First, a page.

Wednesday, July 18, 2007

Demand Management

There has been quite a lot of controversy surrounding the proposed new Xcel towers at Ruby Hill. Does anyone realize this upgrade can be completely avoided with prudent Demand Side Management?

This from the Leonardo Energy website:
"Italy is currently undertaking a programme to install 30 million smart meters. It is estimated that demand-side management tariffs, which limit customers to 3KW of power during peak periods, have reduced peak demand by 5% for 3 hours, 10 days a year. This has removed the need to construct a power station with 2GW capacity to cover the peak demand."

Smart meter technology can also prevent all new powerline capacity upgrades.

Saturday, July 14, 2007

Passive Solar Heating is Simple

I found this European, scholarly, technical paper on Green Building.

Here's my favorite passage:

"3.1 Heating
3.1.1 Passive systems
General considerations The best way to reduce energy consumption is to take advantage of all available natural energy. This is the purpose of bioclimatic design, which is one path to a low energy house. The bioclimatic approach operates at two levels:
1. let the energy of the sun come in
2. do not let it out again"

It really doesn't get much more complicated than that. We've been in our near-zero energy home for 2.5 years now, and have discovered that not only are we saving energy and money, the comfort is amazing.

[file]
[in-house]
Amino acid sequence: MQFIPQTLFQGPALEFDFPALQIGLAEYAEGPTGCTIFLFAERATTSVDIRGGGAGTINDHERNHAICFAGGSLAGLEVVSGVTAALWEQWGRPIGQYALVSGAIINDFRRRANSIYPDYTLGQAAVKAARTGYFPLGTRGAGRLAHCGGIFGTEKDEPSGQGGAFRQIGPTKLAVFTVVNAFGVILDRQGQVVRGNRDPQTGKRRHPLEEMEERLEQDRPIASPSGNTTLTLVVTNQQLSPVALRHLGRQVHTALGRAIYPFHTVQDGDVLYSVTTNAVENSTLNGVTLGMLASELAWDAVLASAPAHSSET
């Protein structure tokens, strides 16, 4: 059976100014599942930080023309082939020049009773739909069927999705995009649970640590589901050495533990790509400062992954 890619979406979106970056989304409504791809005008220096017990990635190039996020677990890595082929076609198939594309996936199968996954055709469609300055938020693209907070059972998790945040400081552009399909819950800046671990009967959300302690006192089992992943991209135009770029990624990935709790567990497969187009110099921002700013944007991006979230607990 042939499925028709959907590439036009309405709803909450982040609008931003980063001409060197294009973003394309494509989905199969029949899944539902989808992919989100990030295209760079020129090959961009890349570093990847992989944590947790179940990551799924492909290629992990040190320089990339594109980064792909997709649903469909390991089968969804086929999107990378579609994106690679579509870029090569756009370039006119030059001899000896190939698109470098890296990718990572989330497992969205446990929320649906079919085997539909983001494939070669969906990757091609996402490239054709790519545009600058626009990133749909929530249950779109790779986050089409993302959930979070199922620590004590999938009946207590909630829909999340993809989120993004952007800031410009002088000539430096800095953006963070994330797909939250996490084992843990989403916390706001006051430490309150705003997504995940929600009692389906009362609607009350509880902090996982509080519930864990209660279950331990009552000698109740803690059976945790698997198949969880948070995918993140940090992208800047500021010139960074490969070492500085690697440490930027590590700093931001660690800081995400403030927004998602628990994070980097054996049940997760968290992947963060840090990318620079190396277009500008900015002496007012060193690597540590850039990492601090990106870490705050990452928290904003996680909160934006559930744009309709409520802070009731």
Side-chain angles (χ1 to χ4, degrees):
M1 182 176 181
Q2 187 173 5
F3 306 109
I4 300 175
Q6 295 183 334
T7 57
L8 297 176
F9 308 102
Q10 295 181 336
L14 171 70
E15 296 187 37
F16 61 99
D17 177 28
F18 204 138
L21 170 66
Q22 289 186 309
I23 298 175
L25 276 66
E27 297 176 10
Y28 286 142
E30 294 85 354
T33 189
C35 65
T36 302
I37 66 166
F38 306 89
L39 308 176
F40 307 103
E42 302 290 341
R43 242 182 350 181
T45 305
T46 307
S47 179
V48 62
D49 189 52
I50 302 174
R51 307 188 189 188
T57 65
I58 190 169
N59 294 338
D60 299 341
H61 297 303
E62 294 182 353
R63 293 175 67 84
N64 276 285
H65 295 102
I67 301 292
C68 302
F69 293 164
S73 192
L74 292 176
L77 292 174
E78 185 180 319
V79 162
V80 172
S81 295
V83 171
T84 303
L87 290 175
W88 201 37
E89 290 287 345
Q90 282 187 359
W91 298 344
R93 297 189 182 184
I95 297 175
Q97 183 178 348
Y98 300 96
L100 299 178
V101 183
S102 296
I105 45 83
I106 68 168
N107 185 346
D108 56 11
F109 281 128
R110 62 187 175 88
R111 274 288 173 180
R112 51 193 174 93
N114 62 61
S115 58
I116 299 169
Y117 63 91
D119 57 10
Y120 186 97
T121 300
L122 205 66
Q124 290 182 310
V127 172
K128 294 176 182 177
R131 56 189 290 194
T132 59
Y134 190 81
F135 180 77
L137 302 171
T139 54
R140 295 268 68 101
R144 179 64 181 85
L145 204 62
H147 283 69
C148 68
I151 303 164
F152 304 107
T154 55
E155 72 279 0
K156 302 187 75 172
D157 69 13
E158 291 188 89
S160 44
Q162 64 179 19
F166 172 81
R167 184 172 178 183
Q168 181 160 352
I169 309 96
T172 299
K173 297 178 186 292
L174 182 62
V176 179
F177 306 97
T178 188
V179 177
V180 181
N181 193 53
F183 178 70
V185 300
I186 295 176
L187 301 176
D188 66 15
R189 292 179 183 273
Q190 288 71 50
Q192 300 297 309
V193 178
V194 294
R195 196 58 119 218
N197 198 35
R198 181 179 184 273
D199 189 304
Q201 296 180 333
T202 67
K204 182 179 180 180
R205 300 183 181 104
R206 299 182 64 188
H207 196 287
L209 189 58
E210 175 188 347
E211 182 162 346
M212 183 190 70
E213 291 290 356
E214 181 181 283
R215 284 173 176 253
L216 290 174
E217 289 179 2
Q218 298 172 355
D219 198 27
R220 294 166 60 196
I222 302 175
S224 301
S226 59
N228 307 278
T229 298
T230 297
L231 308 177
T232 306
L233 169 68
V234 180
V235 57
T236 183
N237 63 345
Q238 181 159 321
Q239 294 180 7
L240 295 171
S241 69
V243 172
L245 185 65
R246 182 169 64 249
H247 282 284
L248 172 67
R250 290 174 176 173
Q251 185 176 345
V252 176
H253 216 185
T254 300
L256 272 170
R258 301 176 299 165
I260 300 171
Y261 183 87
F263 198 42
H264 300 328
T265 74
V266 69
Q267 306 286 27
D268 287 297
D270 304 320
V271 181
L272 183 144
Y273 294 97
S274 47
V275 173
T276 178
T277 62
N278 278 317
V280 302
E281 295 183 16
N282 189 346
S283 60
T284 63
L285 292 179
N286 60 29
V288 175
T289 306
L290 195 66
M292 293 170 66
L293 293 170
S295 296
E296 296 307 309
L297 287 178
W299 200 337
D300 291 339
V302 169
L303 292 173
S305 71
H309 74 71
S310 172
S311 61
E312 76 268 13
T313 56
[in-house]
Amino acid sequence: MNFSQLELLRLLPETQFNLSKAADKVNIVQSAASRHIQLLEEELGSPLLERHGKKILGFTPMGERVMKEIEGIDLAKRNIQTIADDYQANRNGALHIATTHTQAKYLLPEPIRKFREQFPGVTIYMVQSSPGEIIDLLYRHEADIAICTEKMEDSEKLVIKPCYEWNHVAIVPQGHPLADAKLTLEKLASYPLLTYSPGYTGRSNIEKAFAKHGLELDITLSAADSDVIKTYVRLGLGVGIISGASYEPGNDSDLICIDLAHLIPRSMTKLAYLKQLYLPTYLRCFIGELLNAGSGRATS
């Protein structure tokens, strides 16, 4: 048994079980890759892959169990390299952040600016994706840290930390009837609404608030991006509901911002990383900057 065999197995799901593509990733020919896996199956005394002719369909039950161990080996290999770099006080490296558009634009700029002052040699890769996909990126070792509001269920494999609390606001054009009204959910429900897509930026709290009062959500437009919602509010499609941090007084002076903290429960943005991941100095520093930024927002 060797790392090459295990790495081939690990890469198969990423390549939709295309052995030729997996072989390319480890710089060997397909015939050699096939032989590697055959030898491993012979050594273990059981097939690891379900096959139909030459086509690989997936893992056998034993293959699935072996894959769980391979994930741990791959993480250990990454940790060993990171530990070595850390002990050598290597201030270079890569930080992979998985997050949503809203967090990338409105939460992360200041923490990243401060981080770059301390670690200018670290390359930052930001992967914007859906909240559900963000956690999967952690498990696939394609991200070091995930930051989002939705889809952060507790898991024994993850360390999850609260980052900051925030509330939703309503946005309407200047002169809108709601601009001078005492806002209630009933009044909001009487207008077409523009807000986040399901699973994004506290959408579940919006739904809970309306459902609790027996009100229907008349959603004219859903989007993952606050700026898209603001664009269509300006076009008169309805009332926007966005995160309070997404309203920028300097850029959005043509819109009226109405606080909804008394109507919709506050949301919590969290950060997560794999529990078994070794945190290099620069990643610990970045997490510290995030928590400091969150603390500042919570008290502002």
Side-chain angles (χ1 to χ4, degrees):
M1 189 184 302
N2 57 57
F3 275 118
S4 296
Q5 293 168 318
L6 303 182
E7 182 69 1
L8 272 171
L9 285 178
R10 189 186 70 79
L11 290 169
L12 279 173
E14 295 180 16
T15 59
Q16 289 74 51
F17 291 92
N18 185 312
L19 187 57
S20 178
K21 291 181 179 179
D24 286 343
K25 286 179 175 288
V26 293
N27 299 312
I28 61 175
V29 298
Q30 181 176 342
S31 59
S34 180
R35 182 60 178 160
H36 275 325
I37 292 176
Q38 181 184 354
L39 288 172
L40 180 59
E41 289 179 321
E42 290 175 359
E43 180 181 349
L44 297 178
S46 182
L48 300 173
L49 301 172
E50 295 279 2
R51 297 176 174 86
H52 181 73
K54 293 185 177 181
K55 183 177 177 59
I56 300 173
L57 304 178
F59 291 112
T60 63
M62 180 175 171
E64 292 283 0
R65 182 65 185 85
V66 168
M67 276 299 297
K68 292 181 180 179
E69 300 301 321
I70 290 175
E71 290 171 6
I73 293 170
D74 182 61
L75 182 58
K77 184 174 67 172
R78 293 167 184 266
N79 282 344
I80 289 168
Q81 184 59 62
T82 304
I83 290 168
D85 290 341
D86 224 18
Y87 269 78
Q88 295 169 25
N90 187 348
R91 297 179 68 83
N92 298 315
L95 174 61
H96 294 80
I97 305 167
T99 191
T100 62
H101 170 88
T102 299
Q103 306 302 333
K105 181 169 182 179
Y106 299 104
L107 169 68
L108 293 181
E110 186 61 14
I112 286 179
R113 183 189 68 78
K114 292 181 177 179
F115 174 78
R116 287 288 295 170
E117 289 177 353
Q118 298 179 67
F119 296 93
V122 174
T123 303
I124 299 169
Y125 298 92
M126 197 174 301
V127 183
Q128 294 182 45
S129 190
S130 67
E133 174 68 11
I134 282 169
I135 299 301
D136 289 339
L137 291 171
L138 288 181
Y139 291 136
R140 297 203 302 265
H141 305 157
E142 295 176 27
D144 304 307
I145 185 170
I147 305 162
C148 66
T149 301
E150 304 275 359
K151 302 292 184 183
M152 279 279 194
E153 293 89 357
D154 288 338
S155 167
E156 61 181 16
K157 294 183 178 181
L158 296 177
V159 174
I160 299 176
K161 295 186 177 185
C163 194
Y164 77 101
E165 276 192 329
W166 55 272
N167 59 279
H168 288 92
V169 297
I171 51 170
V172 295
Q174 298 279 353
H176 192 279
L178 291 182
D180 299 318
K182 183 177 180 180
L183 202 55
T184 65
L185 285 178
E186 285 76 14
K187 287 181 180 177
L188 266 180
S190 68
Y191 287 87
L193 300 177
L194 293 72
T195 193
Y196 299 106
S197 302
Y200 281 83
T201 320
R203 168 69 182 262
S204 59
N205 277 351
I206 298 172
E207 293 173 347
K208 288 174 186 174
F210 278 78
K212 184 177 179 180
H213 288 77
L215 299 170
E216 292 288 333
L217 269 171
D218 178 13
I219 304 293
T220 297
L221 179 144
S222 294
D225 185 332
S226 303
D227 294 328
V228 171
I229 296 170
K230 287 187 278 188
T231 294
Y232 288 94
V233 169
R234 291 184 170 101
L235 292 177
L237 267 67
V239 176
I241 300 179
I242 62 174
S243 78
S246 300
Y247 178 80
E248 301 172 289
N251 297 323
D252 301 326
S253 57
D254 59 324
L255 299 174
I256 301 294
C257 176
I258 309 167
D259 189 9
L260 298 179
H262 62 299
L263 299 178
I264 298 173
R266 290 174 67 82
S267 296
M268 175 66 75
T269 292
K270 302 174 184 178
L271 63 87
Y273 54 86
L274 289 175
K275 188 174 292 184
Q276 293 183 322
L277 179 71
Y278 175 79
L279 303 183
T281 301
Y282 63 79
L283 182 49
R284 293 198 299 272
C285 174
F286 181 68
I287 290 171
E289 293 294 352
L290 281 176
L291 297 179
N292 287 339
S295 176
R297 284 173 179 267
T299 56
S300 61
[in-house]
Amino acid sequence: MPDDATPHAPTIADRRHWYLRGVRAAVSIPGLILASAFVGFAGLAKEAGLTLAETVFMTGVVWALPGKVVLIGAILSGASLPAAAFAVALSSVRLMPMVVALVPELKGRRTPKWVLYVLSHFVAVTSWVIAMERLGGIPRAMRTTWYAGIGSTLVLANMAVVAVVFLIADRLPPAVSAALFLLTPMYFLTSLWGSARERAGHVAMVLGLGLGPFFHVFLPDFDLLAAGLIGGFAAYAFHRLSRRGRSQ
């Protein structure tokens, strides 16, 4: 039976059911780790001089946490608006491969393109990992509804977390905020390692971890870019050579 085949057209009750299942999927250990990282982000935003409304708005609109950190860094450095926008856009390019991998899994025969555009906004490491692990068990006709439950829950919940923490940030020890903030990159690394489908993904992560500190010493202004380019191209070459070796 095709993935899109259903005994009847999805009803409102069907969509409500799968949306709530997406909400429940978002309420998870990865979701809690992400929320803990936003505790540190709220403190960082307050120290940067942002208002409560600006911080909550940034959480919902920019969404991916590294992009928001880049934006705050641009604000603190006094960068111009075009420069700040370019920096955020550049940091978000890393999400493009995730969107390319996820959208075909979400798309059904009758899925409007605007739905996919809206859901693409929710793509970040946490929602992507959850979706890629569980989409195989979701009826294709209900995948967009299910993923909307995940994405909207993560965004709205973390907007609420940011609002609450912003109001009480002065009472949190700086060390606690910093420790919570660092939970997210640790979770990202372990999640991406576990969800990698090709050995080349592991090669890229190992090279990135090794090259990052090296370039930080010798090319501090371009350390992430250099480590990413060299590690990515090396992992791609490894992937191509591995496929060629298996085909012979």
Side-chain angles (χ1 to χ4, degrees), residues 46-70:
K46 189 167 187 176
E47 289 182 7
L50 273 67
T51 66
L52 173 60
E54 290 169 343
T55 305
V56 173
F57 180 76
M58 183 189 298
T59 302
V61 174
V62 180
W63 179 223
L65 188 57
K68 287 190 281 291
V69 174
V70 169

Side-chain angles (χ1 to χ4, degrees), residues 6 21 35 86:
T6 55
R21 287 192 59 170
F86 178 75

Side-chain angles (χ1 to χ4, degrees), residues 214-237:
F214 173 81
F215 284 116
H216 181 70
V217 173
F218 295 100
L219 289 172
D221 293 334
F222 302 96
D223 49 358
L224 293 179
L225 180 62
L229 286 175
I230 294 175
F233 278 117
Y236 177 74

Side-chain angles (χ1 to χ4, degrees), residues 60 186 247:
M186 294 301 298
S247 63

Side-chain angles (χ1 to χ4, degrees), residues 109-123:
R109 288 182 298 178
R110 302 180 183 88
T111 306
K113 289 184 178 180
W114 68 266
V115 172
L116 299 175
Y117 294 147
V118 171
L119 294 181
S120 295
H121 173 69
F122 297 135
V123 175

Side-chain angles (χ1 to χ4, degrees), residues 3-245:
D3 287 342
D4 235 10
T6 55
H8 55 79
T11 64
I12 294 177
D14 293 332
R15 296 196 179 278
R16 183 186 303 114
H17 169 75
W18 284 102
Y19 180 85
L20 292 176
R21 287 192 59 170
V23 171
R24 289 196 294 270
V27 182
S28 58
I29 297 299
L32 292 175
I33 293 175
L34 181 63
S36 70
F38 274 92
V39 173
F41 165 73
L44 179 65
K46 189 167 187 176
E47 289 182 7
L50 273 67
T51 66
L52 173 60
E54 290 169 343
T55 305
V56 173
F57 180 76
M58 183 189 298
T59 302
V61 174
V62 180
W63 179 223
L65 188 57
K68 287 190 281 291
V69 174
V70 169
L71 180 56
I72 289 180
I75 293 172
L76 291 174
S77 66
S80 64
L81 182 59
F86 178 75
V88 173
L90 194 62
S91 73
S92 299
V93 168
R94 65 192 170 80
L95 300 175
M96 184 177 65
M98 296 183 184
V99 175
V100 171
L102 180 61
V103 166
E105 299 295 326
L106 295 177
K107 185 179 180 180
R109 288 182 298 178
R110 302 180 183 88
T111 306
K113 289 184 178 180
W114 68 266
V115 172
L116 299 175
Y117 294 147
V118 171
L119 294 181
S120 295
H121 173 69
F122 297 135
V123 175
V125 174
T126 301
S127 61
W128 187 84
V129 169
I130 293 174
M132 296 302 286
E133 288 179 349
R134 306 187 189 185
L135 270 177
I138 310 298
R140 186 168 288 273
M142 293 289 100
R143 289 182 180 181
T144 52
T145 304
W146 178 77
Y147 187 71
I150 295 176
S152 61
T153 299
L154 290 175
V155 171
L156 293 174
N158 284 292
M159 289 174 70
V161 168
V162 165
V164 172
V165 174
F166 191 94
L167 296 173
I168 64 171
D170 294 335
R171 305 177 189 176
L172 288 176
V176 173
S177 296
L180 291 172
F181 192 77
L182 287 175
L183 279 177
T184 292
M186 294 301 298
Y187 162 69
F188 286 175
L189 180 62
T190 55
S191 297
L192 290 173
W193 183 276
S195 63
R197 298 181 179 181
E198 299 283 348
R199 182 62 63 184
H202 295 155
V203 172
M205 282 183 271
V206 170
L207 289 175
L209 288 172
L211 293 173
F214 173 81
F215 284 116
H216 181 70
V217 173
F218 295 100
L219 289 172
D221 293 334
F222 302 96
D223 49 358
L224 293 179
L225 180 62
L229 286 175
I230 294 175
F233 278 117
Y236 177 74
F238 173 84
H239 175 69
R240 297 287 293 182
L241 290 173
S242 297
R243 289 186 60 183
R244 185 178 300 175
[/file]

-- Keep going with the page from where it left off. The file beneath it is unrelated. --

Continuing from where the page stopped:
A relatively overlooked aspect of passive solar is that you want windows with high SHGC (solar heat gain coefficient) on the south side, preferably with overhangs. In the actual marketplace, I have as yet only found only one supplier of these windows, Hurd. Be sure to specify "hard coat" Lo E. In addition, don't "overglaze" the south side, you might get October overheating or need to wear sunglasses indoors.

Now, armed with that advice, find a building site where your neighbor can't block your sun.

Saturday, July 7, 2007

Xcel's "Time of Use" energy rates

Electric utilities are rightly concerned about peak electrical usage, and they spend some effort trying to smooth daily peaks and filling nighttime valleys.

In the 70's Colorado Public Service introduced "off-peak" rates, later called "Time-of-day" rates. This rate schedule was recently discontinued for lack of interest. Coincidentally, they recently offered a new pilot program called "time-of-use" pricing that also aims at that target. Once again, they have developed a rate structure that is too hard to understand and therefore too hard to take advantage of.